Dr. Prasun Desai serves as the Deputy Associate Administrator of the Space Technology Mission Directorate (STMD). In this role, Dr. Desai supports executive leadership, overall strategic planning and direction, and effective management for all elements of the Space Technology Programs executed under STMD’s $1.2 billion budget. He helps plan, direct, coordinate, and evaluate the full range of Space Technology programs and activities including budget formulation and execution, and represents the program to appropriate officials within and outside the Agency. Dr. Desai allocates and reprograms STMD resources as required to meet approved objectives and ensures that sound management and engineering practices are followed in the implementation of STMD Programs and Projects to ensure their safety and success, and to ensure that commitments are met. In this role, he also supports the development of overall NASA planning, policy development, and program integration activities.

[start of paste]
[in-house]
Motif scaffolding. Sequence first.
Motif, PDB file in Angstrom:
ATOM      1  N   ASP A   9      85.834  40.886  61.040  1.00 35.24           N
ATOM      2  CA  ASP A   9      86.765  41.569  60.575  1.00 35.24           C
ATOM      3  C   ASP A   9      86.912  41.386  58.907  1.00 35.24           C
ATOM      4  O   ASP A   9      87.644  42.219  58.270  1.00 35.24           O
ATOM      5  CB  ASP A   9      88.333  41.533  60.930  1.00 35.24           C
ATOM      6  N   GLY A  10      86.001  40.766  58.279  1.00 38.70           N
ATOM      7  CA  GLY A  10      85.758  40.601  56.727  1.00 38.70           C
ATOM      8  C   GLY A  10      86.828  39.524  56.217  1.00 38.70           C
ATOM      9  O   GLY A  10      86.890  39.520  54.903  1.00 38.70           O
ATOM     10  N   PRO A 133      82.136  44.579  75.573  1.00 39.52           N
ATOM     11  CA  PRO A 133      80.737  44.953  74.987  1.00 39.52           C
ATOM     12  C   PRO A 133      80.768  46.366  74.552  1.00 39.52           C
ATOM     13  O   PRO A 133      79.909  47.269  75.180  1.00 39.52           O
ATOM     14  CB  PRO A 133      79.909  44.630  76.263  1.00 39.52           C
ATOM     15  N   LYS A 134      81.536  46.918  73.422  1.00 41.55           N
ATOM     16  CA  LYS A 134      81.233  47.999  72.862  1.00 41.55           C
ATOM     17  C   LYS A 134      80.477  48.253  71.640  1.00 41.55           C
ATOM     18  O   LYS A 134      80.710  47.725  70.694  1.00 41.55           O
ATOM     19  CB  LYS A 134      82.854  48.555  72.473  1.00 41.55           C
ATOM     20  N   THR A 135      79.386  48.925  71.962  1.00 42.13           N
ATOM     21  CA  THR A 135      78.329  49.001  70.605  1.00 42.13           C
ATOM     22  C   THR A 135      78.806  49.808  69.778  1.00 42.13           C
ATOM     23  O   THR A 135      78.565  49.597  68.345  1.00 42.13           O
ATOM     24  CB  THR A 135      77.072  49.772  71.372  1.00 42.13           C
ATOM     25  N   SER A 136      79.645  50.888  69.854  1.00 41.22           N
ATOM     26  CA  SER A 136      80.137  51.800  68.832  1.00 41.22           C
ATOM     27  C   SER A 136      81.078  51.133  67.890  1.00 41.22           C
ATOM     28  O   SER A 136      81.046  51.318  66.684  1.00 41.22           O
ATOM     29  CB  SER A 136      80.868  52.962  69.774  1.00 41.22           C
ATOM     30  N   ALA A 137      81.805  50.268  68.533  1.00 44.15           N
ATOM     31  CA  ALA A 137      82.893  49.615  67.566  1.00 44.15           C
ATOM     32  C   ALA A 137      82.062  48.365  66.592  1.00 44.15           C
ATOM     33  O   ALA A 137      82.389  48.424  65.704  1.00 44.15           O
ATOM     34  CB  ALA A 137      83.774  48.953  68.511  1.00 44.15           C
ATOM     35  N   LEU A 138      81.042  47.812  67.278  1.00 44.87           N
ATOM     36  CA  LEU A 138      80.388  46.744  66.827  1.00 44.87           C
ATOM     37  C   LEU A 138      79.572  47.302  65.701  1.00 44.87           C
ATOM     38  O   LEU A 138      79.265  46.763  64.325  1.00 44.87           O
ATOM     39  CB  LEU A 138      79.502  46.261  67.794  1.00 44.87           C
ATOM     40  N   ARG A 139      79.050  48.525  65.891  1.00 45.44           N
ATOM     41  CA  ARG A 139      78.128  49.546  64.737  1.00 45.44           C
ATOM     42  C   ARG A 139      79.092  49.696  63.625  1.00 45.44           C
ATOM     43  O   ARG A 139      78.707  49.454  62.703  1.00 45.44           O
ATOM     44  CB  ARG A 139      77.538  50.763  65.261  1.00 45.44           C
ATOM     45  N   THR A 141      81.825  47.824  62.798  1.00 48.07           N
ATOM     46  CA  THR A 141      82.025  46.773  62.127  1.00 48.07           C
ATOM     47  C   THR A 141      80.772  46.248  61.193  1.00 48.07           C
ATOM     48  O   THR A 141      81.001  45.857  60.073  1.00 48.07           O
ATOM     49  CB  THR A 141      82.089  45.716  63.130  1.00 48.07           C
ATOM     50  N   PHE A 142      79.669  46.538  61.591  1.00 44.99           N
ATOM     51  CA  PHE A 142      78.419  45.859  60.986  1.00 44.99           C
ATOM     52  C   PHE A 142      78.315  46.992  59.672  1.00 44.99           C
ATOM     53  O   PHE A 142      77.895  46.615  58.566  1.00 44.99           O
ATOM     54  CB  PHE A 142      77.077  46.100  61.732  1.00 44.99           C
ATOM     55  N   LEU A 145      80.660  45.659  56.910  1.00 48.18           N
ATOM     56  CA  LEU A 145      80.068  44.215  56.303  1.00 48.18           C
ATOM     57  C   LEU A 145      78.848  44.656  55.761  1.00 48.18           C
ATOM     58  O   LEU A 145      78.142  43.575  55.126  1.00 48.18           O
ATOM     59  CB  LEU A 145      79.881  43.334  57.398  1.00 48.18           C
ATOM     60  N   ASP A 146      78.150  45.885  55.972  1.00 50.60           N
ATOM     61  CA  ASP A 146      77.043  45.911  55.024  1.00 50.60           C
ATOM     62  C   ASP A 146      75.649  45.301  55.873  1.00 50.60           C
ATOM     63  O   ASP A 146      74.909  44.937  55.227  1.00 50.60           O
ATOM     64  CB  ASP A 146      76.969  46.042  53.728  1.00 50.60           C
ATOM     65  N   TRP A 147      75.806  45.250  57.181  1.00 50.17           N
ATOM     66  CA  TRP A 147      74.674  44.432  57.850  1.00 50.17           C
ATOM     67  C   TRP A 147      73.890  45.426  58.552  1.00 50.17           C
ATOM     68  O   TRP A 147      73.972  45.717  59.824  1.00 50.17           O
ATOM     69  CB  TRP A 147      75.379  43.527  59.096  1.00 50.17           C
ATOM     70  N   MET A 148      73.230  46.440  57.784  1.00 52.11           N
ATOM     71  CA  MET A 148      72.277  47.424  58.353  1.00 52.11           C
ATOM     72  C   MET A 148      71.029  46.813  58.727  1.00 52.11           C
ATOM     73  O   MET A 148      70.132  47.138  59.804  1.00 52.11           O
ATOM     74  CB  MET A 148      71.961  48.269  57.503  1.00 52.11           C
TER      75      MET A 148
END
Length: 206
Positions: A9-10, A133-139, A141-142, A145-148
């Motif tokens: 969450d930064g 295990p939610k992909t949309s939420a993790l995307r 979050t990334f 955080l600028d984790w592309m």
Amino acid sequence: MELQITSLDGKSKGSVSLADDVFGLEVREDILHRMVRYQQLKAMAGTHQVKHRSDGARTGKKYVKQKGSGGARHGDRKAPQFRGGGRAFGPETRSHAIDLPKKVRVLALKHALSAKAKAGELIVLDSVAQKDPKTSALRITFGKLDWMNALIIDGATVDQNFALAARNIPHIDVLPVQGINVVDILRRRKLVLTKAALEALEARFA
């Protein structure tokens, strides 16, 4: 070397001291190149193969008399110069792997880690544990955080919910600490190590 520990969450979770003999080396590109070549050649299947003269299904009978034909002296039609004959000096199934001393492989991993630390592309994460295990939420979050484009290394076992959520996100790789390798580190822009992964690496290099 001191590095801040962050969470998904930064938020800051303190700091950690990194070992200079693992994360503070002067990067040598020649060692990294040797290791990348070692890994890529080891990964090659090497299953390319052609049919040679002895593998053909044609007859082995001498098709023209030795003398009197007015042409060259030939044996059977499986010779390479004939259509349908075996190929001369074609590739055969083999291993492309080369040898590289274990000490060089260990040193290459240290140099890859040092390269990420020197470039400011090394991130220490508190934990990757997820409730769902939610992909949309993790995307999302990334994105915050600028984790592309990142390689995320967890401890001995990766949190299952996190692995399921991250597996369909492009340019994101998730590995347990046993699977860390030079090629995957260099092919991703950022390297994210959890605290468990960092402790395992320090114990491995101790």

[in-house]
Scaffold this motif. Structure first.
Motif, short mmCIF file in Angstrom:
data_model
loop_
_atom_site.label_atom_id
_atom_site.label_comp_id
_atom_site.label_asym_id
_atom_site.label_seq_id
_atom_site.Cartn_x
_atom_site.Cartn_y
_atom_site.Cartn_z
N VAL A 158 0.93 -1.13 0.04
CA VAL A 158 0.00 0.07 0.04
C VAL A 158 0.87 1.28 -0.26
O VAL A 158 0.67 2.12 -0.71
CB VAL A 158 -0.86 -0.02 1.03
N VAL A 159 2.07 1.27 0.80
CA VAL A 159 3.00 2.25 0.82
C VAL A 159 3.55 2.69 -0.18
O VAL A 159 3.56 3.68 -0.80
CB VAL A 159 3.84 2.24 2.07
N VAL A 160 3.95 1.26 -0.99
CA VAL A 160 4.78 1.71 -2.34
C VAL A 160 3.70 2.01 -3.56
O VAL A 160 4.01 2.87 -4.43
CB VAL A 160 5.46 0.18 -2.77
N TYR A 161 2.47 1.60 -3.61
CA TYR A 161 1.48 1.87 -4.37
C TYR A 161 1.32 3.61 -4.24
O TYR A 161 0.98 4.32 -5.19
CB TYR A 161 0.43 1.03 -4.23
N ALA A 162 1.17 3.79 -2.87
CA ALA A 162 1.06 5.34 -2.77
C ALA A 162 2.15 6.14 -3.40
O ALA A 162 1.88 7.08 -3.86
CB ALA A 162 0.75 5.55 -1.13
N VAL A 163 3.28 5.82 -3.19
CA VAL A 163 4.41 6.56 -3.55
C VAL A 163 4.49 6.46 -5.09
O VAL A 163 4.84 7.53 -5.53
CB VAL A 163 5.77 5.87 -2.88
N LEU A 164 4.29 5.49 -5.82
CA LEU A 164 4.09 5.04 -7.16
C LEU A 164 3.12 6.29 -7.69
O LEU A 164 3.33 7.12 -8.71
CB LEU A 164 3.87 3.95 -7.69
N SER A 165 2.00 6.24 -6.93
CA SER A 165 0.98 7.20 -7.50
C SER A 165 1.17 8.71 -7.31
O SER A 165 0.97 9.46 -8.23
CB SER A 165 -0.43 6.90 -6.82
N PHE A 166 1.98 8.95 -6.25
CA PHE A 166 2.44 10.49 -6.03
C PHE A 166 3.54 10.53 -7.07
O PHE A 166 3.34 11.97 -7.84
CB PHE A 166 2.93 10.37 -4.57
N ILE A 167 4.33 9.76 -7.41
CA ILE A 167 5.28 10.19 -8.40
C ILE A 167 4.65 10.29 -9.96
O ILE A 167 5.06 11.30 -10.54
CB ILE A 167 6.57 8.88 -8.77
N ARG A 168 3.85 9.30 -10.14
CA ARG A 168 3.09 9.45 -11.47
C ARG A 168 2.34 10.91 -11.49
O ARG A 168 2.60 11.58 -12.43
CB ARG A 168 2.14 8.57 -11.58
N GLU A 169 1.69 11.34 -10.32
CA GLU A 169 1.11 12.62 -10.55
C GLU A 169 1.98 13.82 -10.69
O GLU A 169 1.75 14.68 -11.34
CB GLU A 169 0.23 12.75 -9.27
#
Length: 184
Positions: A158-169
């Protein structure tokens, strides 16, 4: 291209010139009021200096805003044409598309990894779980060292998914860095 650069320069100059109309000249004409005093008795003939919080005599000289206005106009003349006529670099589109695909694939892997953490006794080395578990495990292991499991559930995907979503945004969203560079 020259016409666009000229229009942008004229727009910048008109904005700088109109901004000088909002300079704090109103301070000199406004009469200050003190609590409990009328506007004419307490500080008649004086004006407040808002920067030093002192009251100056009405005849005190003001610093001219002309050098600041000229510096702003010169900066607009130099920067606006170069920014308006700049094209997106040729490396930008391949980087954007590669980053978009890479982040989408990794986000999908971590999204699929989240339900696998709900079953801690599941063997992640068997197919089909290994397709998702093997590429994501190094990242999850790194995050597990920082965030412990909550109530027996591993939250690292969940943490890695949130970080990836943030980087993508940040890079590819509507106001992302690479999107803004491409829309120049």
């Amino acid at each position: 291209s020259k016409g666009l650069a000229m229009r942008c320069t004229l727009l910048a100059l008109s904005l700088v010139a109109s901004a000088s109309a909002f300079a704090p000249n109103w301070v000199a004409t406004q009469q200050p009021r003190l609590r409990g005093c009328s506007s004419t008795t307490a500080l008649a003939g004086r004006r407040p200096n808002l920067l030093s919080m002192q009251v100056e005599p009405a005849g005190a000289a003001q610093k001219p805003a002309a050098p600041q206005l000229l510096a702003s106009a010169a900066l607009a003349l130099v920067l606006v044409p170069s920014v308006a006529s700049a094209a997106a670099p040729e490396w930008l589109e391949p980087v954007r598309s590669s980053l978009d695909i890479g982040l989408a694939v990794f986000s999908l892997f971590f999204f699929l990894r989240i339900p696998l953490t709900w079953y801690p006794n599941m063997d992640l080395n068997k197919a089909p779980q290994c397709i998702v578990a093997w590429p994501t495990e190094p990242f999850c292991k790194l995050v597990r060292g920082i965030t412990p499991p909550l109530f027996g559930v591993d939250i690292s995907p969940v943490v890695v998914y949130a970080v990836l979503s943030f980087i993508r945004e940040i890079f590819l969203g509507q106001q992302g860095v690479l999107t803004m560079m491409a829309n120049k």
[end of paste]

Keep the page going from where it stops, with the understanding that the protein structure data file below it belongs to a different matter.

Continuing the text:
Dr. Desai has worked at NASA for 33 years. For the past 13 years, he has helped to establish the Space Technology Mission Directorate from inception at NASA Headquarters for development of next-generation space technologies and capabilities. Prior to that, he spent 20 years at NASA Langley Research Center as a senior systems engineer applying expertise in the fields of atmospheric flight dynamics, systems optimization, engineering of entry systems, flight operations, and design of planetary exploration mission elements for robotic and human systems. Dr. Desai has contributed to the design, development, analyses, and flight operations of many NASA missions (Mars Exploration Rover, Stardust, Genesis, Mars Phoenix Lander) pertaining to entry, descent, and landing of probes at Mars and Earth.